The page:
Very often I get emails or posts from readers incensed that I dare post about anything other than evolutionary biology. This first person, a professor who will remain unnamed to protect the benighted, has, as I recall, written this same email to me a while back. Apparently he thinks I have no credential to post about Islam when I haven’t held a post in philosophy as an Islamic specialist. I guess that means that nobody can discuss any religion if they haven’t held an academic post dealing with that religion. So much for all the New Atheists, including Christopher Hitchens. And how dare you pronounce on politics if you haven’t served in a legislature?
Greetings. I see that you have written on Islam recently. I wanted to ask you what your area of specialization is within Islamic scholarship?
Have you ever held any positions within a department of philosophy as an Islamic specialist? Are you proficient in classical arabic? Please point me to your work in that area.
[Name and University Redacted]
Professor of Philosophy
The next person tried to put up a post implicitly arguing that I shouldn’t talk about religion:
From reader dfgdfg dfgdfgd, commenting on my post “HuffPo goes after Donald Trump’s taste in steak”
Michio Kaku has a PhD doctorate degree. in physics, therefore when he speaks about physics he can be credible. While you….what is your degree on? Doctor on Bible studies…Mythology?
I wonder who embarrasses himself more here the scientist or the ignoramus?.
My answer: the person who wrote this comment, and of course was too cowardly to give his/her name. Anonymity breeds contempt!
I got several critical posts (or attempted posts) defending homeopathy. It’s amazing how people will make such pronouncements based on anecdotes rather than controlled clinical trials, which is the only way to establish that homeopathy works. And all the proper trials have, of course, failed. In fact, a regular MD once called me on the phone from Hawaii to try to convince me that homeopathy works. “How do you know?” I asked him. “Because I’ve seen it work!” he replied. More anecdotes. Of course there may be placebo effects, and many maladies disappear on their own. And so to several comments that arrived this morning:
“On November 19 I reported that the U.S. Federal Trade Commission (FTC) ruled that homeopathic “medicines”, to be advertised as …”
Bunch of morons down here..I am a practicing surgeon in Pennsylvania and have seen wonders of homeopathy, it’s as scientific as surgery or any other modern medicine allopathic branch and works better in many medical conditions, downfall of them is that anyone can walk to the store and buy them, they are supposed to be prescribed by trained homeopaths..research trials ? Trial in homeopathy involves experiment on humans and involves drug proving rather than telling if it works against this pathology versus another..FDA should ban selling of those drugs on amazon so population does not treat themselves..it’s role is as important as allopathic, each have their divisions. Enough said !! Use your brains and personal comfort and experience rather than blaming any particular field.
As scientific as surgery or scientific medicine? If so, where are the clinical trials? As for a drug “proving rather than telling if it works”, well, I have no idea what that means, unless “proving” has something to do with faith.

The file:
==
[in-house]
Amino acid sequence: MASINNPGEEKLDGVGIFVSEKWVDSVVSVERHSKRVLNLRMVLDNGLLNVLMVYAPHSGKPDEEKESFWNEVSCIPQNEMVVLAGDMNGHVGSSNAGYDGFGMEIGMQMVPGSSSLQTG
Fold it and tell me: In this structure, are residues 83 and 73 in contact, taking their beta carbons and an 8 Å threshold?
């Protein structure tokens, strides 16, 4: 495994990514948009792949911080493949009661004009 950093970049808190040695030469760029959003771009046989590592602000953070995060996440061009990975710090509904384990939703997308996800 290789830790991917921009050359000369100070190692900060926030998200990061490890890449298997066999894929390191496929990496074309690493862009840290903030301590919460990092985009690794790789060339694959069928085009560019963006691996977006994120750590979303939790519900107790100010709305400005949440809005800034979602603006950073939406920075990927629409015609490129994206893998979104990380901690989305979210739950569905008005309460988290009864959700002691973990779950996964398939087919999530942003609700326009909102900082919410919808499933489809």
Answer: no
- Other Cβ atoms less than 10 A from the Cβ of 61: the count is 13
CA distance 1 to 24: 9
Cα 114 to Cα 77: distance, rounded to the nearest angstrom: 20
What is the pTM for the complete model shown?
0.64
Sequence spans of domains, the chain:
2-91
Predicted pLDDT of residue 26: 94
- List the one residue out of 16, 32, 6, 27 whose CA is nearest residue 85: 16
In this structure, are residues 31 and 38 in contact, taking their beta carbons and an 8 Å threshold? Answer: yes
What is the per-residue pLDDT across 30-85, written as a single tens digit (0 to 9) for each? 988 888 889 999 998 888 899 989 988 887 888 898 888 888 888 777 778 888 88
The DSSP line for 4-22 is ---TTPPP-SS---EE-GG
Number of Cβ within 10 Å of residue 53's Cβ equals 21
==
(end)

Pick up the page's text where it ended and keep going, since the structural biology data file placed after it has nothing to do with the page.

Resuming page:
Reader Michael Walker commented on the same post:
They [CVS or Whole Foods] sell coffee, too.
Does coffee have any proven health benefits?
That might be a joke, but I don’t think so.
Reader Bala Lodhia on homeopathty:
It is a known fact that the Royal family has been using homeopathic remedies and has had a Homeopathic doctor on their call to treat various illnesses.
It is quite obvious that big pharma is behind this attack on Homeopathy.
Yes, but the Royal Family, particularly Prince Charles, is no paradigm of good judgment! As for “Big Pharma” being behind attacks on homeopathy, that’s bunk. Big Pharma doesn’t include all the governmental tests on homeopathy showing it’s worthless, nor people like Orac who is a surgeon and has nothing to do with Big Pharma. These defenders, instead of looking at the data, simply support their faith by attacking the people supposedly denigrating it. And if homeopathy worked, why wouldn’t Big Pharma be in on that game?
Reader Traci says that my priorities are misplaced:
Why do you have such a beef with homeopathy? If you think it’s quackery, don’t use it. Let the people who have used and greatly benefited from it continue to. I applaud CVS for giving its consumers choices. People are not idiots if something doesn’t work for them they won’t continue to use it. Why not take on more important issues like air pollution, water pollution, legal pharmaceutical drug abuse, gmo foods, etc.
The answer is clear. My beef is because people are being duped, and am I supposed to let them be duped if the science says that they’re credulous. The benefits, compared to placebos, are nil.
And if Traci applauds CVS for giving its consumers choices, does she also criticize CVS’s decision to stop selling cigarettes? Her notion is that if there are greater wrongs in the world, then I should be going after the greatest wrong and leave the rest alone. Sheesh.
And this comment just arrived from reader Ace Biswas:
I exactly can’t make out what’s the writer’s problem. Does he say homoeopathic remedies acts upon health when it contains no molecule in most frequently used potencies? Even no one is forced to try it. I have several times applied it on myself and its been effacious [sic] on many occasions.
The “writer” here may be Orac rather than I, but no matter. Orac’s article is crystal clear, and if those remedies work when they contain no active drug, then yes, that is a problem. And once again we have people believing in homeopathy because they’ve had a healing experience with it. But where’s the control?